“I spent the next two years trying to understand why he did it. The answer, inasmuch as there is an answer for these things, involved hope, poverty, pride, Walmart, erectile dysfunction, Steak-umms (The chopped meat sold in the frozen food aisle), intrigue, and America. America: the way it’s disappointing sometimes, the way it’s never what it used to be.

“But it also involved love. The kind of love that is vaguely crazy and then completely crazy and then collapses in on itself in a way that leaves the participants bewildered and telling very different stories about what actually happened.”

So begins author, Monica Hesse’s telling of the story, American Fire: Love, Arson, And Life in a Vanishing Land. It’s the story of couple who victimized the Eastern Shore neighborhoods of Virginia and set over sixty fires in the space of six months. By the end of this jaw dropping story she writes how Accomack County itself was  a victim. Of the economic downturn and shrinking population and an outmoded way of life, collecting abandoned buildings ripe for burning. She laments that what happened here could have happened in southern Ohio or eastern Oregon or, maybe, anywhere.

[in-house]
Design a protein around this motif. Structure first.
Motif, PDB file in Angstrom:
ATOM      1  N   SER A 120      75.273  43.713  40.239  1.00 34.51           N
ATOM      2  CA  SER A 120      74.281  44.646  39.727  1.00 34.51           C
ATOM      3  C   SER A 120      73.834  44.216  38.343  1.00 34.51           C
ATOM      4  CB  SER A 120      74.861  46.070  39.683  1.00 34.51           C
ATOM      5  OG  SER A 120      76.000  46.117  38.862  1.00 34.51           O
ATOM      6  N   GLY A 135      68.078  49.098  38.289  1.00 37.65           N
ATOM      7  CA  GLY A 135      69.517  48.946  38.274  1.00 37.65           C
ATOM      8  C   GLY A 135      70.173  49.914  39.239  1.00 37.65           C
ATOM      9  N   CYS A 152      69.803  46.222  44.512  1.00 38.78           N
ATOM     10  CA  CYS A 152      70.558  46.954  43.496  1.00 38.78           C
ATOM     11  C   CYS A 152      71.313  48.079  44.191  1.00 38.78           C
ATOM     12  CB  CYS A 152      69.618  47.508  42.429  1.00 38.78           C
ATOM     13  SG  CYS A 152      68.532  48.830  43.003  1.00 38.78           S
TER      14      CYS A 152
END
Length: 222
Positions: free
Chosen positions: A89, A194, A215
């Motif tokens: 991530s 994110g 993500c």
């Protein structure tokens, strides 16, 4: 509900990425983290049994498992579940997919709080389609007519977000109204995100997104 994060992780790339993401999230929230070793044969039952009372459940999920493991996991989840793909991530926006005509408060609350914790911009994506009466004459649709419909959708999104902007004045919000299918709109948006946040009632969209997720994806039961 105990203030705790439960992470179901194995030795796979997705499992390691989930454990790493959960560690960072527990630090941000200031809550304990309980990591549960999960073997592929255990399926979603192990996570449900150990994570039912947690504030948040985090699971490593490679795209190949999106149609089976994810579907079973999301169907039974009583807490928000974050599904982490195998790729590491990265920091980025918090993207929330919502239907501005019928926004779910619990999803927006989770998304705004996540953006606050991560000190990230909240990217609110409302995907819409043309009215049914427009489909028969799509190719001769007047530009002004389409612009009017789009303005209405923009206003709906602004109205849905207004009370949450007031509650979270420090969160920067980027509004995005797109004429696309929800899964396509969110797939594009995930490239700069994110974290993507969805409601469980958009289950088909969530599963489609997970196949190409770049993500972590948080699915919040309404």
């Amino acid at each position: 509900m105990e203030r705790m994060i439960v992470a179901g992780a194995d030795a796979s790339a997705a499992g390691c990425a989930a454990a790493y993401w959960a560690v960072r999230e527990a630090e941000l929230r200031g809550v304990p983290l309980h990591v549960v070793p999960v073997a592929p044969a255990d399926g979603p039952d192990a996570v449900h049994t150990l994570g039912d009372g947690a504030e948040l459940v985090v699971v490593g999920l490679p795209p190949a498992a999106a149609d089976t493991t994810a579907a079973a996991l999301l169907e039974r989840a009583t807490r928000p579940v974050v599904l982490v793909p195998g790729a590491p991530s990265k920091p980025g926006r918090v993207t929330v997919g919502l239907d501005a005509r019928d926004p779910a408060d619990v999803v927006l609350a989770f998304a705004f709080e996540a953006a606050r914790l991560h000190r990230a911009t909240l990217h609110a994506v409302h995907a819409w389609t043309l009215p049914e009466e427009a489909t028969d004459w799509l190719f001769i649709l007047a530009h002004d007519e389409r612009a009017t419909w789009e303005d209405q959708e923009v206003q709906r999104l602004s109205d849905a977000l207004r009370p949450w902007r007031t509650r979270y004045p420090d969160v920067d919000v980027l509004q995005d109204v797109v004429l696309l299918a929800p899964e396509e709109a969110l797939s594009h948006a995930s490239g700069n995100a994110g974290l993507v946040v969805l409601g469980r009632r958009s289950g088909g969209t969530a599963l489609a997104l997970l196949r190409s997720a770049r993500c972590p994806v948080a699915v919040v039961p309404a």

Hesse delivers on all of the teases in her opening paragraphs. She artfully sets the stage for the crimes and introduces lovers Tonya and Charlie and their baggage and desperation. She writes about shrinking volunteer fire departments and what it means to belong to a community. Like all good nonfiction, American Fire reads like fiction, but it’s not.

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